When I walk through the scorchingly male-dominated streets I am devoured by the long-lasting stares from bulgy-eyed collared-clad men who stand hand in hand, their eyes a portrait of something fierce. So intense I feel them picking me apart, shoveling out my intentions, peering deep into my movements and thoughts, sending out a maddening vibration that tells me to stay away. I pick up my shoulders a little more, I look deeper into the distance as if not to be indefinitely suffocated by their brutal stare, taking a little gulp of air.
When the reality of a child beggar stared us in our eyes the conversation ended as one said “I feel so disempowered when” and the boy bandaged and bruised to his core weakly shuffled toward, speaking words coming from an immense weight. But the auto driver flicked him off like a bug, like a buzzing mosquito, just another pest in this land of disease. Jordan tried to finish his sentence, stuttering, feeling the swarm of emotions that suffocated the three of us to where we only heard the sputtering of the rickshaw’s engine as we drove on, paralyzed, feeling disempowered and suffocated, as we couldn’t do anything but be silent.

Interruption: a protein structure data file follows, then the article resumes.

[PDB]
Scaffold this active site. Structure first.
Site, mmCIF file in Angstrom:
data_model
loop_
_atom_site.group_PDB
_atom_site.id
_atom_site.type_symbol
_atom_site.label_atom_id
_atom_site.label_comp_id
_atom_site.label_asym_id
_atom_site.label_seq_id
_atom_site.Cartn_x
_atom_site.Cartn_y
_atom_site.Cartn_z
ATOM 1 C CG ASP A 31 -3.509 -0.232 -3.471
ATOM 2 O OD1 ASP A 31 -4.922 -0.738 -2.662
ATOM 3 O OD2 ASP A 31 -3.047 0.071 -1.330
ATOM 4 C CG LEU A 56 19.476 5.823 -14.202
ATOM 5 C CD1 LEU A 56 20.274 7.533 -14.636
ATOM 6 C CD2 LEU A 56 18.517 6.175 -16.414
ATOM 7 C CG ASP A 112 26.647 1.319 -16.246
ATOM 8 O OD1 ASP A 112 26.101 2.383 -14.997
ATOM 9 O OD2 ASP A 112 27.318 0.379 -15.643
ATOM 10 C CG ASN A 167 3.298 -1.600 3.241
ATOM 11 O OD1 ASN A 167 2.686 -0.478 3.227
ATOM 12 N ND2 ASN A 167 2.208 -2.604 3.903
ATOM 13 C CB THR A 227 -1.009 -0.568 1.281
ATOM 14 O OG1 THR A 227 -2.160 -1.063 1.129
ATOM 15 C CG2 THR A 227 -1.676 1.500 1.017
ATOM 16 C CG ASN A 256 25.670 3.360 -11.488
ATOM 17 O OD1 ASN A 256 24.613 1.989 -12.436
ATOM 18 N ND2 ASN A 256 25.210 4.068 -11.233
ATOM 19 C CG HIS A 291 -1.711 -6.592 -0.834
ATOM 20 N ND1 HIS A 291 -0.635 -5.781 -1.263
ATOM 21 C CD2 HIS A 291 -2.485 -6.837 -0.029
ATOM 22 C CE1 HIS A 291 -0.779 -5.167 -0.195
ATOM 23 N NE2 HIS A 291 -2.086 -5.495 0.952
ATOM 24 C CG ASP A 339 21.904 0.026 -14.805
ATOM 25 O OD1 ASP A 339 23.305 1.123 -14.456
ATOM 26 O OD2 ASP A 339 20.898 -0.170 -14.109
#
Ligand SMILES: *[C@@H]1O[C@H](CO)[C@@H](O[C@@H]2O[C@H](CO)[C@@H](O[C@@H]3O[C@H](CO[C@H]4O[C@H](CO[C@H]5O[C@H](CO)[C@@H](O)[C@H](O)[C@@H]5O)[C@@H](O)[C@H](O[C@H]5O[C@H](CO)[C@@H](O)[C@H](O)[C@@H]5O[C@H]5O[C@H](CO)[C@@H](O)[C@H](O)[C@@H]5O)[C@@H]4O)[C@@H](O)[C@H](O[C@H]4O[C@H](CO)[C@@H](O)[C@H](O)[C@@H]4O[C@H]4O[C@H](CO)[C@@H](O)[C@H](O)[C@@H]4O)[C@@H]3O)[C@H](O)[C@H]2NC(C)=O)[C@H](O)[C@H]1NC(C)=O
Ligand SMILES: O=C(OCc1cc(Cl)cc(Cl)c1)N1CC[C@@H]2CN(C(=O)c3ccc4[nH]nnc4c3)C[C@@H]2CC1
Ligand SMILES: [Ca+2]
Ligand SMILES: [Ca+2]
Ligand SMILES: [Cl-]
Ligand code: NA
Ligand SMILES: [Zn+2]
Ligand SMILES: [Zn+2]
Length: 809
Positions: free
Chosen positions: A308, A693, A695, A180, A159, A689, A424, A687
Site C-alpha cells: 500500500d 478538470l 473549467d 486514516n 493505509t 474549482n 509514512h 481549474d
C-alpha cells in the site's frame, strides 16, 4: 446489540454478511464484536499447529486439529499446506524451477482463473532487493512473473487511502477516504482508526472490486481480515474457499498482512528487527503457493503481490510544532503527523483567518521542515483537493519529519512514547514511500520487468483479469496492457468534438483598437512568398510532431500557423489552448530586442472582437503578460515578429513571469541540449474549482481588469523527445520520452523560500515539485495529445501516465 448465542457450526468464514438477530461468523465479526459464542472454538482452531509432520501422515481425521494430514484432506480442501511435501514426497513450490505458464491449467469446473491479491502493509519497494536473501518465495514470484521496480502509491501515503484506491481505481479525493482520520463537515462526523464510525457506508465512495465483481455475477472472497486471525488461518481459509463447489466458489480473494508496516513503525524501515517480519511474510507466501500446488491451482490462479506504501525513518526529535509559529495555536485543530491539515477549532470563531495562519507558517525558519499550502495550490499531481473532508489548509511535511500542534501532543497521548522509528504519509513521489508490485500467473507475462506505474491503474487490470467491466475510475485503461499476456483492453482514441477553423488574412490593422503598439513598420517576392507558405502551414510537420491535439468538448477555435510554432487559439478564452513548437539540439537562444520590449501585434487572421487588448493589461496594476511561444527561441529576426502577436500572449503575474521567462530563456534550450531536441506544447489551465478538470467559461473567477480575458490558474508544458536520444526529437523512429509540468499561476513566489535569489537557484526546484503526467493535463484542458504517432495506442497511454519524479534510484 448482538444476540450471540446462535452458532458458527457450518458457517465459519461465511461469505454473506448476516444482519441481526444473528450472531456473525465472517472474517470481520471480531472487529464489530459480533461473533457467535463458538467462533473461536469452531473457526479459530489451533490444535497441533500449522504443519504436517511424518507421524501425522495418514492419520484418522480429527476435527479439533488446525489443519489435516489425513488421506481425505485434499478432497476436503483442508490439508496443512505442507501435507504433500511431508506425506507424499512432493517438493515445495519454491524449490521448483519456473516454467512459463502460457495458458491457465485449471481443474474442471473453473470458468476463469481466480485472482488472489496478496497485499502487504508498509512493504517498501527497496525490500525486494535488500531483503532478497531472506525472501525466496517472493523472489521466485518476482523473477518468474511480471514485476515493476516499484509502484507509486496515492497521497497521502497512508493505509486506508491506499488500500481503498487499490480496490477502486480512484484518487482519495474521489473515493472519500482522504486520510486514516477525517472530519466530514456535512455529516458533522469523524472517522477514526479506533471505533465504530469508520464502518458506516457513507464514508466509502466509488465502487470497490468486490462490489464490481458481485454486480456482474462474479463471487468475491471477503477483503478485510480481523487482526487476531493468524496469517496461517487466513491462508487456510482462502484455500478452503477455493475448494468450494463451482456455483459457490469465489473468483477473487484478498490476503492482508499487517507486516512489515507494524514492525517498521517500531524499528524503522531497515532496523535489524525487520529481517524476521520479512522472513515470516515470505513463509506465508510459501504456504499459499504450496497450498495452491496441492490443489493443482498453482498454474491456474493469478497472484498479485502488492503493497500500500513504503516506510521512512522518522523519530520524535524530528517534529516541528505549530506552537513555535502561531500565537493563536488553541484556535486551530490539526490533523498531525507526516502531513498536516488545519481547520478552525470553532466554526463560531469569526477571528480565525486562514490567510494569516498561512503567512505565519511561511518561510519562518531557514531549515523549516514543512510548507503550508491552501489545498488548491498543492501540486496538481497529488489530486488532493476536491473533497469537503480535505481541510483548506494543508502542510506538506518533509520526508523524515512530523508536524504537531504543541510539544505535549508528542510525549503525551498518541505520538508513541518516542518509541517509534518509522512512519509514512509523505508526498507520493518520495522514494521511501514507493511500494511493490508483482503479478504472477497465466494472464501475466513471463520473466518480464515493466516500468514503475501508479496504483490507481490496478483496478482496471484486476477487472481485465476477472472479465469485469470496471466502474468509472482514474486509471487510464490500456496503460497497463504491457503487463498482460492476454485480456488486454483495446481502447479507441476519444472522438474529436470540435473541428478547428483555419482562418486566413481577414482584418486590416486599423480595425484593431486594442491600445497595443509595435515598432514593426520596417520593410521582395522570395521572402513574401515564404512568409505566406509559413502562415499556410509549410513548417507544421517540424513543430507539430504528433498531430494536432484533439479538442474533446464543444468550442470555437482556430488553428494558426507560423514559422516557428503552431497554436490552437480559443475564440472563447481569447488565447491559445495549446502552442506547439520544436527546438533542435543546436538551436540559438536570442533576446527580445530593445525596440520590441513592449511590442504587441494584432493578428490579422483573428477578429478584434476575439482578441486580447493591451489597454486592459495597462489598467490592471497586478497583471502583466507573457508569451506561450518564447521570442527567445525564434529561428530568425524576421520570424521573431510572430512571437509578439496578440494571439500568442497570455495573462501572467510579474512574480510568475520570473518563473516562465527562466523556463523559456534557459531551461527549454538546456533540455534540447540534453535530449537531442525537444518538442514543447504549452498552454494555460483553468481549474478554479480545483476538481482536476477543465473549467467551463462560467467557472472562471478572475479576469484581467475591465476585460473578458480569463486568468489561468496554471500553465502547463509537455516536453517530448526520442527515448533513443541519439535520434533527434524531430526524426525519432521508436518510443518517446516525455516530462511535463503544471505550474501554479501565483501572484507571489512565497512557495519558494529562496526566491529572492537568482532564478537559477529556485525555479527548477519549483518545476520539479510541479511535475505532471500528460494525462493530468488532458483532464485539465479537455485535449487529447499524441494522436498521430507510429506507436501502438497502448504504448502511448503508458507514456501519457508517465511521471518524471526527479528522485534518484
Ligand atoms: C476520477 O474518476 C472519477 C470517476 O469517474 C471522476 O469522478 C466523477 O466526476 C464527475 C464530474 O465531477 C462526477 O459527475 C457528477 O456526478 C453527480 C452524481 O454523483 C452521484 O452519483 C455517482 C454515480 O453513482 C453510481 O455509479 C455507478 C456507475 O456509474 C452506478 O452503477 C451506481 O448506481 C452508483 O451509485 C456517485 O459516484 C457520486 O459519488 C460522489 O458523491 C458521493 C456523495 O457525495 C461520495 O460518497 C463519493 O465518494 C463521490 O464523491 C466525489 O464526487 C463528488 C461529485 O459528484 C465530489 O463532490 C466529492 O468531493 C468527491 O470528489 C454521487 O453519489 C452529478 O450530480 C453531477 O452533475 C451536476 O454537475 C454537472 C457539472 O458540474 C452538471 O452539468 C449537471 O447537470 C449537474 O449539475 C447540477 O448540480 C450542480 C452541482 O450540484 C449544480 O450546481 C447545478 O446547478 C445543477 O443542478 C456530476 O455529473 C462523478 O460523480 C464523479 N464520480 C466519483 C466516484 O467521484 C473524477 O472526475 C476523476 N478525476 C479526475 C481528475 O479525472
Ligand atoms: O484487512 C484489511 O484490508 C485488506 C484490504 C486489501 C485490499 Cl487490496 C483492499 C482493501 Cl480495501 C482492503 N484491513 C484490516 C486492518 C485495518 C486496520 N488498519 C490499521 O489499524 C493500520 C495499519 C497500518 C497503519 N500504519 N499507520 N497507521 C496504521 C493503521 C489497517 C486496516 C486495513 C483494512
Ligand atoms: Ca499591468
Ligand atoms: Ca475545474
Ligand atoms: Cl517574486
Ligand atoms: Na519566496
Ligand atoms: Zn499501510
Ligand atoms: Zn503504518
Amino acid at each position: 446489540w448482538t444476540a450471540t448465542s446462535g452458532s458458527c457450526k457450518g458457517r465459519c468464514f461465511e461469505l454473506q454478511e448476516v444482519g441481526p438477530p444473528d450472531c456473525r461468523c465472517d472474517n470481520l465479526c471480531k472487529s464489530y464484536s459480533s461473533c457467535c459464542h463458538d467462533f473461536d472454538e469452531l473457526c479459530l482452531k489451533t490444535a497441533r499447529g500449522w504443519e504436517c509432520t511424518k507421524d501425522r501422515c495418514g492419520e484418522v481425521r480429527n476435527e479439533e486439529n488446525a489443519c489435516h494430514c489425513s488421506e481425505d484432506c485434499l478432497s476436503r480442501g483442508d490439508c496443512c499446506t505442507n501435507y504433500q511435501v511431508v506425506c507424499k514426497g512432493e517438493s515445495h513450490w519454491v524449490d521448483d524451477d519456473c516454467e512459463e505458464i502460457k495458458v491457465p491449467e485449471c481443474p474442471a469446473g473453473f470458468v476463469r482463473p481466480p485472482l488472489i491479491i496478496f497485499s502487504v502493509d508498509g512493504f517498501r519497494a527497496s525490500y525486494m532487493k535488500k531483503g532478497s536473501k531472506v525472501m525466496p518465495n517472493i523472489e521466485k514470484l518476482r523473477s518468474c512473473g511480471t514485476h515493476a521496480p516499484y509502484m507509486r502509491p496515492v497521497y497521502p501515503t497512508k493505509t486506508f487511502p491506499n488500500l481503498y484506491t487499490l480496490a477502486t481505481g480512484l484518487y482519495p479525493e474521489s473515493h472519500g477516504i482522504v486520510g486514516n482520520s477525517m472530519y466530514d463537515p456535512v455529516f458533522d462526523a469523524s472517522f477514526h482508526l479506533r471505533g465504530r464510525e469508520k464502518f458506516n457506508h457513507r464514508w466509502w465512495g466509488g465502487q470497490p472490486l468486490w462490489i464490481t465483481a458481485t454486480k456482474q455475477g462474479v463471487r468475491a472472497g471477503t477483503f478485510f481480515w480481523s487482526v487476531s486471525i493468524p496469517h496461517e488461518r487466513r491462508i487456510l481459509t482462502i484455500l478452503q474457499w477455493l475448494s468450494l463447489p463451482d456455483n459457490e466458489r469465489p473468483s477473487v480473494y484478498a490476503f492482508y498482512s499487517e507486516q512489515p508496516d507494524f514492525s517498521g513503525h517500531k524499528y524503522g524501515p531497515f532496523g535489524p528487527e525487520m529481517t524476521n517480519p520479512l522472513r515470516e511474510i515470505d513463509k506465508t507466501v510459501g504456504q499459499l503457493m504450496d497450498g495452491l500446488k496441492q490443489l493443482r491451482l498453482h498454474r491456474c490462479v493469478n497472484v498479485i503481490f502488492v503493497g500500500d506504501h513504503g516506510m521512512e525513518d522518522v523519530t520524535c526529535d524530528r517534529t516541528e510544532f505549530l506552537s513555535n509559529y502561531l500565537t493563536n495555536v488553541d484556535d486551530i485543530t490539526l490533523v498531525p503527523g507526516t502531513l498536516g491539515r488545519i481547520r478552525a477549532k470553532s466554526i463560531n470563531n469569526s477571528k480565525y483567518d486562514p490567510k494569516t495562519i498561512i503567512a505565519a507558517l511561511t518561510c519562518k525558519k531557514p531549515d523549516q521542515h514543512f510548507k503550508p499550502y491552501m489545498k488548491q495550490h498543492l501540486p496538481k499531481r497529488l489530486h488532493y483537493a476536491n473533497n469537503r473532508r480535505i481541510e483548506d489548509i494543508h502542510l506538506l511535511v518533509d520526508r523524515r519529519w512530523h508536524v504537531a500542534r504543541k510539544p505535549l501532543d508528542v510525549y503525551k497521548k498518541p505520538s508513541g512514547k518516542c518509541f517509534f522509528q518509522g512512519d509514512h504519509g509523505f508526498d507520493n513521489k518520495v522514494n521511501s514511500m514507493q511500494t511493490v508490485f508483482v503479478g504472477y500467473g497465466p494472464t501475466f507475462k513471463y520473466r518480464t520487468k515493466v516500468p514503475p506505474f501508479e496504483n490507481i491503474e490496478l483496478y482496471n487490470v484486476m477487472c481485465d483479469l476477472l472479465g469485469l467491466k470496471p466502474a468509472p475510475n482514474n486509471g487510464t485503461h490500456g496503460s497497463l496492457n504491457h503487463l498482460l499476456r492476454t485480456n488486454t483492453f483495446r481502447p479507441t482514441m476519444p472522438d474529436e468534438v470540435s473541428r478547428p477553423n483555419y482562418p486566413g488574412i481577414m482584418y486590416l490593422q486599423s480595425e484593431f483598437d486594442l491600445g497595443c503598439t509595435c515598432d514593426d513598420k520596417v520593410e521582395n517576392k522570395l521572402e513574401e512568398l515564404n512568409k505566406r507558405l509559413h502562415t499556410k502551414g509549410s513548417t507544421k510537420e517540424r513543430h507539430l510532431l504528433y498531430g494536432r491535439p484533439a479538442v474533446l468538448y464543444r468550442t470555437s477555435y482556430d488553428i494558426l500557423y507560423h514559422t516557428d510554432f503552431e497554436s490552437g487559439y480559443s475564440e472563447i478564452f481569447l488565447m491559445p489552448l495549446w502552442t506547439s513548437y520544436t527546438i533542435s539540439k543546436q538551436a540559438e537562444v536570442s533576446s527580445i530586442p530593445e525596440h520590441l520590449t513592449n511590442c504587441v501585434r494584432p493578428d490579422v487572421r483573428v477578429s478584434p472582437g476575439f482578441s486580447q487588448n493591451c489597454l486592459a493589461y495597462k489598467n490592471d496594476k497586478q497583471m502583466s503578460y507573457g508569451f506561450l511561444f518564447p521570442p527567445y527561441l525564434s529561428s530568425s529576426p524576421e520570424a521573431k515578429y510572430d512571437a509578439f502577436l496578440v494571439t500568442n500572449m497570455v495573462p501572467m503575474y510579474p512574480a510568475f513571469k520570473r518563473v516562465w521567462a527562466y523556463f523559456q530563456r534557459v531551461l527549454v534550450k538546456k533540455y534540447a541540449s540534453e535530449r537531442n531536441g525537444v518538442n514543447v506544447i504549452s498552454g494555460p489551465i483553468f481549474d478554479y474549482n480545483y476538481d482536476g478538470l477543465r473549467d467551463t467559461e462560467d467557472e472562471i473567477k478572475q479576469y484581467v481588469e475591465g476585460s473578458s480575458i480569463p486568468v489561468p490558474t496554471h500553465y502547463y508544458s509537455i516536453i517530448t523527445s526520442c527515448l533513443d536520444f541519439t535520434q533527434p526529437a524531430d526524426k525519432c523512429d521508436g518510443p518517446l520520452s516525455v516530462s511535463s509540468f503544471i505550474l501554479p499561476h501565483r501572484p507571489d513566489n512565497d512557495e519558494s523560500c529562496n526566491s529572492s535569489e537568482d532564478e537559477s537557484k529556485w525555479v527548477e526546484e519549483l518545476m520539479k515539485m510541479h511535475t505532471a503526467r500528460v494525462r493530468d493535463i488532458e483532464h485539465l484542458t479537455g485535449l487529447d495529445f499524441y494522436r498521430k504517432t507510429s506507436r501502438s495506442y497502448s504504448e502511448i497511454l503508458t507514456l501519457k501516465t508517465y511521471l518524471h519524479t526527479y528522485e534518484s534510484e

This is the stare that can break you down, take words from your mouth that instead swarm your head. No matter how many times I have walked to the corner store, seeing the same faces in the village, I always get looked at as I am, an alien with motives unseen. It is my constant reminder that despite the amount of confidence I can muster up, this is not my land. The stare of the children, of something so helpless and in need, who see me as a spark of hope to put some rupees in their hand, remind me that this is not my land. That no matter my purest intentions, it is often those that wreak havoc on something else. And so I am constantly reminded in those fragile stares to be fragile in this ecosystem, to tread lightly down the path of least harm, rather than the feeble path of most good.